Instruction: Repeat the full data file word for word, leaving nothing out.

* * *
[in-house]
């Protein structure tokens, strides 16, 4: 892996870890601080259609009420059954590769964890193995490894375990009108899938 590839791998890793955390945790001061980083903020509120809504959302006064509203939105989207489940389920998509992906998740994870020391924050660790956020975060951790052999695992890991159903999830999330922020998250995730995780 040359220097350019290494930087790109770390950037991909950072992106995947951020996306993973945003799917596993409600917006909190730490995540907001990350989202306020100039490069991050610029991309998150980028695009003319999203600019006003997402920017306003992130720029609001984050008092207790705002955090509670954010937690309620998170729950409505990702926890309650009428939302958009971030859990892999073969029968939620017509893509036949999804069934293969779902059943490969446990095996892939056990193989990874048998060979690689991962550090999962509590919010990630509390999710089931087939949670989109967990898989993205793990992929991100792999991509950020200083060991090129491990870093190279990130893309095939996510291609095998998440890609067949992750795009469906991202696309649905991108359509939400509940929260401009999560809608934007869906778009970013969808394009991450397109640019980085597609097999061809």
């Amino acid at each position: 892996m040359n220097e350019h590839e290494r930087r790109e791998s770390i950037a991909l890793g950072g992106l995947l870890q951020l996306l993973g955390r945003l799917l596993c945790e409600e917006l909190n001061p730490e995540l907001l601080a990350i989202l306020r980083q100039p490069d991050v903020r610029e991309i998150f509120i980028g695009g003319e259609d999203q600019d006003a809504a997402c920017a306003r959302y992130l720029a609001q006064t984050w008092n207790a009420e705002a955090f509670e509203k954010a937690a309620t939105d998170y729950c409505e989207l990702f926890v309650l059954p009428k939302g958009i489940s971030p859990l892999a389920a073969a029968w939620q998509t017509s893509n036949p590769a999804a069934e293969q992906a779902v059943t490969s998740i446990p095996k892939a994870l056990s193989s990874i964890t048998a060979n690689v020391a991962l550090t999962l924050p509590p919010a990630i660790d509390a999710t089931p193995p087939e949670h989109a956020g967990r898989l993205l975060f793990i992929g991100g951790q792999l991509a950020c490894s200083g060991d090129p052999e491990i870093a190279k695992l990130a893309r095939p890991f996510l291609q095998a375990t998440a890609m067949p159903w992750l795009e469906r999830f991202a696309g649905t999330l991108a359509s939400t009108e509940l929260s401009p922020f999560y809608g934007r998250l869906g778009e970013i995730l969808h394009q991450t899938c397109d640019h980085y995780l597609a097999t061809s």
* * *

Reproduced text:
[in-house]
């Protein structure tokens, strides 16, 4: 892996870890601080259609009420059954590769964890193995490894375990009108899938 590839791998890793955390945790001061980083903020509120809504959302006064509203939105989207489940389920998509992906998740994870020391924050660790956020975060951790052999695992890991159903999830999330922020998250995730995780 040359220097350019290494930087790109770390950037991909950072992106995947951020996306993973945003799917596993409600917006909190730490995540907001990350989202306020100039490069991050610029991309998150980028695009003319999203600019006003997402920017306003992130720029609001984050008092207790705002955090509670954010937690309620998170729950409505990702926890309650009428939302958009971030859990892999073969029968939620017509893509036949999804069934293969779902059943490969446990095996892939056990193989990874048998060979690689991962550090999962509590919010990630509390999710089931087939949670989109967990898989993205793990992929991100792999991509950020200083060991090129491990870093190279990130893309095939996510291609095998998440890609067949992750795009469906991202696309649905991108359509939400509940929260401009999560809608934007869906778009970013969808394009991450397109640019980085597609097999061809």
């Amino acid at each position: 892996m040359n220097e350019h590839e290494r930087r790109e791998s770390i950037a991909l890793g950072g992106l995947l870890q951020l996306l993973g955390r945003l799917l596993c945790e409600e917006l909190n001061p730490e995540l907001l601080a990350i989202l306020r980083q100039p490069d991050v903020r610029e991309i998150f509120i980028g695009g003319e259609d999203q600019d006003a809504a997402c920017a306003r959302y992130l720029a609001q006064t984050w008092n207790a009420e705002a955090f509670e509203k954010a937690a309620t939105d998170y729950c409505e989207l990702f926890v309650l059954p009428k939302g958009i489940s971030p859990l892999a389920a073969a029968w939620q998509t017509s893509n036949p590769a999804a069934e293969q992906a779902v059943t490969s998740i446990p095996k892939a994870l056990s193989s990874i964890t048998a060979n690689v020391a991962l550090t999962l924050p509590p919010a990630i660790d509390a999710t089931p193995p087939e949670h989109a956020g967990r898989l993205l975060f793990i992929g991100g951790q792999l991509a950020c490894s200083g060991d090129p052999e491990i870093a190279k695992l990130a893309r095939p890991f996510l291609q095998a375990t998440a890609m067949p159903w992750l795009e469906r999830f991202a696309g649905t999330l991108a359509s939400t009108e509940l929260s401009p922020f999560y809608g934007r998250l869906g778009e970013i995730l969808h394009q991450t899938c397109d640019h980085y995780l597609a097999t061809s």